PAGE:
U.S. has chance to help real democracy in Pakistan
Thursday, March 12, 2009
By Sanjeev Bery, Wajiha Ahmed
Today, a major Pakistani movement for democratic reform will challenge Pakistani President Asif Zardari with a call for government accountability. Known as the Lawyers Movement, this coalition of civil activists will give America a chance to voice support for the strengthening of Pakistan’s democratic institutions.
Members of this movement will begin what they are calling the Long March —- a multi-day walk across the nation that will end in the capital, Islamabad. They are marching to demand a restoration of the independent judges that the former U.S.-backed dictator Pervez Musharraf removed. Continue reading
Plain-clothes police officers detain a PML-N protestor outside the Punjab Assembly building in Lahore.—AP/File
Pakistani President Asif Zardari has given his orders, and compliant law enforcement officers in Pakistan are arresting rival politicians and activists. Team Zardari is taking pre-emptive measures to block Pakistan’s Lawyers Movemnt and allies from pursuing their Long March. Continue reading
As Pakistani President Asif Zardari cracks down on pro-democracy activists, a handful of Pakistanis are posting short bursts of information on Twitter. You can follow their “freedom tweets” online. The best tag is probably #Pakistan:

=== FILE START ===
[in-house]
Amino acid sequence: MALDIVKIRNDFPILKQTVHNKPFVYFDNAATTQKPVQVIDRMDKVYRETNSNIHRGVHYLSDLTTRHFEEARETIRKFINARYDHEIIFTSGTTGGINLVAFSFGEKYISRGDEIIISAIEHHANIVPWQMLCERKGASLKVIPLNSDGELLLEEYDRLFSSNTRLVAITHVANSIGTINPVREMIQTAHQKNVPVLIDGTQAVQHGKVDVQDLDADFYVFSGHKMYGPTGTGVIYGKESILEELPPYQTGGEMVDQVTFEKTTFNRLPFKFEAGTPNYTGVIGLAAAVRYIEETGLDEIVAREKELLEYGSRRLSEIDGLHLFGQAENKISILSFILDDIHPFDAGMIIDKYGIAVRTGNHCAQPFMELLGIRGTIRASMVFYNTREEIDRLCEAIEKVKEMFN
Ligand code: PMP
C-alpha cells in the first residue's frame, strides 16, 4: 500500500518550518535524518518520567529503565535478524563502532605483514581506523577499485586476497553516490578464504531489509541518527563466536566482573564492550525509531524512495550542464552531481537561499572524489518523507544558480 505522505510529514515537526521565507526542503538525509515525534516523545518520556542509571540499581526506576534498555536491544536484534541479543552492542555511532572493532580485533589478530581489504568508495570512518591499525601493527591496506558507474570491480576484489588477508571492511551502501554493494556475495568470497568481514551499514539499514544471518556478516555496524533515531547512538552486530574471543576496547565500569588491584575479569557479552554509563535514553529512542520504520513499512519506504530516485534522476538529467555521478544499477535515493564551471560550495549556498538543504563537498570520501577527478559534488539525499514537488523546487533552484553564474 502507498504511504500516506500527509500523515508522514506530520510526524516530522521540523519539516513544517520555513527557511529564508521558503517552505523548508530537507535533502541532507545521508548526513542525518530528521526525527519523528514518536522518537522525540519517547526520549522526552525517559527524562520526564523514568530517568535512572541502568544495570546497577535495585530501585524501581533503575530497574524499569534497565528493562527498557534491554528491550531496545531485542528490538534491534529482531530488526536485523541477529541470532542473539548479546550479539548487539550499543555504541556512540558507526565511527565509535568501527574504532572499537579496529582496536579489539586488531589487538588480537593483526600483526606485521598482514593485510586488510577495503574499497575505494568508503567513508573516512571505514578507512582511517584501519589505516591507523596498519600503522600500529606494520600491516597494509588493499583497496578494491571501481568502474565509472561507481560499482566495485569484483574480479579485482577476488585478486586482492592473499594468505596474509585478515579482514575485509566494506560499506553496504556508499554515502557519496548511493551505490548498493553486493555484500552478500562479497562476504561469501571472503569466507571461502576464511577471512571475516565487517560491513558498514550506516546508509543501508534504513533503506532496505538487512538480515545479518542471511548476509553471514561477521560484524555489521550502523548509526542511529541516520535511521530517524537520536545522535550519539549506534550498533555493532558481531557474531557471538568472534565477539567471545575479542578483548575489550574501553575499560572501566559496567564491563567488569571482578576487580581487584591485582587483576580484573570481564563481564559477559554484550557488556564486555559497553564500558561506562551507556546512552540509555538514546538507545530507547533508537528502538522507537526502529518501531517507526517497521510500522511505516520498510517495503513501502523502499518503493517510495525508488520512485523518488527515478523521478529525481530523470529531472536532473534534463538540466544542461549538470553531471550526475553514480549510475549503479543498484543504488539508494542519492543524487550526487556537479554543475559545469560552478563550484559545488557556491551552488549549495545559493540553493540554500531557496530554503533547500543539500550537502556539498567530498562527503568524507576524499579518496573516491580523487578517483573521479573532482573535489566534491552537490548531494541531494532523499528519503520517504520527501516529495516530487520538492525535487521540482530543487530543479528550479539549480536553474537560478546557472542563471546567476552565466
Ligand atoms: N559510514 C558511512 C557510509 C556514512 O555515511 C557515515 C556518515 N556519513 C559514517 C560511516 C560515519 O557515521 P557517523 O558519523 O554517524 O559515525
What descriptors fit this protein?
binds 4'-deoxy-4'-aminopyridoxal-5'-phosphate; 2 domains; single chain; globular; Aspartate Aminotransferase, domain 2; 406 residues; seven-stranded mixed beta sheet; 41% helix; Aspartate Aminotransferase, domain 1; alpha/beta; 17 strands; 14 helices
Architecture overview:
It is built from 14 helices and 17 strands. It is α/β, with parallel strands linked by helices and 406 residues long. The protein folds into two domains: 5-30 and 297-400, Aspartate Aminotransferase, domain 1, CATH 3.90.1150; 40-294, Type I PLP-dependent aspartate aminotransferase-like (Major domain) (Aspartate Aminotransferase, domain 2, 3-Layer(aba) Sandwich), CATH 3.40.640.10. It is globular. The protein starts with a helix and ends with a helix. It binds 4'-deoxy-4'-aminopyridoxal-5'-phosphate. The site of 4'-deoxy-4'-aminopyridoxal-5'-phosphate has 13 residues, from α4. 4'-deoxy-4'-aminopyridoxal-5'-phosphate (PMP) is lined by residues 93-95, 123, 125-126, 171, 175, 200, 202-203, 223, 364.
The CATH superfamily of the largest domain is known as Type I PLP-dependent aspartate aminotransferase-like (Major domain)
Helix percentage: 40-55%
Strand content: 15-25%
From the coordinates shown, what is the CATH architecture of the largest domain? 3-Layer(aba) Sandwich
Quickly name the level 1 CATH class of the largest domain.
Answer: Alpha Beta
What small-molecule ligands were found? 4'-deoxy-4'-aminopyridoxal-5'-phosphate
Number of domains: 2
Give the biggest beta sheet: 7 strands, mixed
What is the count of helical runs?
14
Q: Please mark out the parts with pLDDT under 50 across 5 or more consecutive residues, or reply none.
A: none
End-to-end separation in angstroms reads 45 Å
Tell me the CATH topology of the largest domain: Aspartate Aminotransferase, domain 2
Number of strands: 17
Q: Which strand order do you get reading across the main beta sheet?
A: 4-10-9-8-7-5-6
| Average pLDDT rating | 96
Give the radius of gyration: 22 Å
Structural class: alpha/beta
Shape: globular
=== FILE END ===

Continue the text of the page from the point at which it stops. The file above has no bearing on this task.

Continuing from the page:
But you can also go with either of the following…
(Post co-written with Samad Khurram, a Pakistani citizen who participated in the 2008 Long March. Samad is currently a student at Harvard University.)
There is something about marching for democracy that captures the imagination. Perhaps it is because walking is the simplest of human activities. One foot goes in front of the other, and a movement takes shape.
On March 12, democracy activists in Pakistan will breath new life into this old tradition. In what is being called the Long March, potentially hundreds of thousands of concerned citizens will walk hundreds of miles to Islamabad, Pakistan’s capital city.
Their rallying cry? The restoration of Pakistan’s independent judiciary.
Daily Telegraph (UK)
US privately backs Pakistan’s ‘Sharia law for peace’ deal with Taliban
American officials have privately backed Pakistan’s “Sharia law for peace” deal with Taliban militants in the Swat Valley despite publicly criticising it as a “negative development”.
By Dean Nelson, Javed Siddiq in Islamabad and Emal Khan in Peshawar
Last Updated: 7:25PM GMT 17 Feb 2009
Opinion: U.S. policies have weakened Pakistani civilian rule
By Sanjeev Bery and Manan Ahmed
San Jose Mercury News / Posted: 02/17/2009
Depending on whether you like watching your news or reading it, there were two very different reports on Pakistan this Sunday.
On CBS’ “60 Minutes,” Pakistani President Asif Zardari proclaimed that his nation is in a fight for its survival, with the Taliban “trying to take over the state of Pakistan.” Meanwhile, the Associated Press reported that Zardari’s government reached a 10-day cease fire with a Taliban-affiliated militia in the northern Swat Valley. The militia agreed to stop fighting, and in return, the government agreed to implement Islamic Sharia law in the area.
How does one reconcile the two accounts?
First, let’s dispense with the hyperbole. Pakistan is not on the verge of being taken over by Taliban militias.